the protagonists of the real, the true revolution, that which matches progress with freedom.
This is our problem, and our opportunity, for the years ahead.
Time and again over the past eight years, the critics of the present Administration have claimed that we have been too rigid in insisting on a firm stand against recognition of Red China. The question is often put, "Considering our policy toward some other dictatorships, should we not adopt a different attitude toward Red China? By recognizing Red China, might we not influence its conduct of foreign policy in the future?"
I recognize -- looking ahead over the next twenty-five years -- that it is essential that we in the West take the long view on all of these problems. What happens in Communist China is going to have a great impact on the retention of freedom and the maintenance of peace throughout the world.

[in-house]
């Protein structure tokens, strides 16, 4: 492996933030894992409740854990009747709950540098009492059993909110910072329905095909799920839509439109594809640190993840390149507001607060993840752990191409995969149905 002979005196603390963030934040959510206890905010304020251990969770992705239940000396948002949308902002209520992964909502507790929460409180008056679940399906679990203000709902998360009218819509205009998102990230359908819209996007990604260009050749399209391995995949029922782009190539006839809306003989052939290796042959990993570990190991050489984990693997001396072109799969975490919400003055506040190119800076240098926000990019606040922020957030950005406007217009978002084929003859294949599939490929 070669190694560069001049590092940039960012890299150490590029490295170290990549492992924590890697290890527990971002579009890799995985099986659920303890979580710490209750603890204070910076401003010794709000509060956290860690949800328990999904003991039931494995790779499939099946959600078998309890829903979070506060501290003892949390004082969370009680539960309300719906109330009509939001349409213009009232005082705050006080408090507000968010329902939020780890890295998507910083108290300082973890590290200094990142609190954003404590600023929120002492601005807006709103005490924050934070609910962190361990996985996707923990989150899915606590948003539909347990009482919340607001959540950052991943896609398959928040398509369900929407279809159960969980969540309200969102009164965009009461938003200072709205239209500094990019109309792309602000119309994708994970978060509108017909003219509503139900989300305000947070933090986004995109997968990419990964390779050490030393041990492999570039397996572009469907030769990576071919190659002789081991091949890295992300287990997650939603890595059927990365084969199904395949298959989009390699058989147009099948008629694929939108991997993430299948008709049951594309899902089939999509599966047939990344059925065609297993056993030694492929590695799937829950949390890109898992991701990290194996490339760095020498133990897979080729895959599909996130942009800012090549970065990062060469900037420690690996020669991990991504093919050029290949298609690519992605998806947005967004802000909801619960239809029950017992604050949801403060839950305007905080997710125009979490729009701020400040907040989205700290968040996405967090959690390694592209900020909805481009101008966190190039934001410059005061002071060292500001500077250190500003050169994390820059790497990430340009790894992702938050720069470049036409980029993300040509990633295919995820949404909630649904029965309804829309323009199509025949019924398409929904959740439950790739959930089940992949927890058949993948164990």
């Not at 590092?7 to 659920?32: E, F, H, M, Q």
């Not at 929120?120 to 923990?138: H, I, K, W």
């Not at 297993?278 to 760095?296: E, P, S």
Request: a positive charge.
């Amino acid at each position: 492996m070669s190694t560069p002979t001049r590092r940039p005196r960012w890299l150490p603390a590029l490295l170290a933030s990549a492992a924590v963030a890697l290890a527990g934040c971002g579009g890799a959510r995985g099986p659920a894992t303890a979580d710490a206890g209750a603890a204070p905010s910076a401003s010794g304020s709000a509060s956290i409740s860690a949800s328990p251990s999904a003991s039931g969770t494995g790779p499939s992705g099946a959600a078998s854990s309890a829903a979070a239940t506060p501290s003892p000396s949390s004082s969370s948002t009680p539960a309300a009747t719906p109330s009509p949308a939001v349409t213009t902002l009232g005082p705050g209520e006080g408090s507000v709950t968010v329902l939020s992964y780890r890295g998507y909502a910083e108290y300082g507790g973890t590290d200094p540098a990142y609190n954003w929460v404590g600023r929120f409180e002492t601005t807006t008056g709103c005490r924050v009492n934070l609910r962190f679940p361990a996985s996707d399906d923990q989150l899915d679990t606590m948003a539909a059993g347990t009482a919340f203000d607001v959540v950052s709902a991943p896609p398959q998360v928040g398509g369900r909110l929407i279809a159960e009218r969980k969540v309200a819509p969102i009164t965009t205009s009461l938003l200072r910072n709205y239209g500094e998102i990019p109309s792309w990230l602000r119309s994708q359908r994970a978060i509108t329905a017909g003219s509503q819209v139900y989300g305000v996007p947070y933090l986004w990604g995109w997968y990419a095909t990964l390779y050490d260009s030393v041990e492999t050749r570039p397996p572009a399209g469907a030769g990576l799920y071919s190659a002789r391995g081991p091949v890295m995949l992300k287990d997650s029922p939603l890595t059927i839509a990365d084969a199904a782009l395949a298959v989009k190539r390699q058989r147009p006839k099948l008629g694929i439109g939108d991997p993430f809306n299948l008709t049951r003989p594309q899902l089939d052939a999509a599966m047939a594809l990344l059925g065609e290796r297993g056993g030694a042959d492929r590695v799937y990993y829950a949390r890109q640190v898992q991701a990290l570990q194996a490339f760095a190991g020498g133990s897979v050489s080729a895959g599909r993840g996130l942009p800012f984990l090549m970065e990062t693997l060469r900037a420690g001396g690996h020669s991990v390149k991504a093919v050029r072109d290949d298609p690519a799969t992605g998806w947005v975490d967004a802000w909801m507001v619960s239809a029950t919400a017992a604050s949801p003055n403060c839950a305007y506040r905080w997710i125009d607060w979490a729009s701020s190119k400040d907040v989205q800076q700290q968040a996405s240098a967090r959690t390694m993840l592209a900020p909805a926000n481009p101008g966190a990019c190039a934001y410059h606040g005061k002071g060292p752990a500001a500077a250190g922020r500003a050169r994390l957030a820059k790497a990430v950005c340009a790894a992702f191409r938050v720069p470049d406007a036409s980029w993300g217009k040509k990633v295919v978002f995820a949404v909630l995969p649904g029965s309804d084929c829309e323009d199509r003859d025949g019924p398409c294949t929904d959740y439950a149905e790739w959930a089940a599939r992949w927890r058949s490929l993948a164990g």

Looking at the problem at the present time, however, my position with regard to being able to influence the course of Red China's development can be expressed in two ways. First let us consider the example of our British friends: they recognize Red China. Their relations with Red China have not improved at all by reason of recognition and are no better than ours. So I doubt that we should take the naïve attitude that by____________________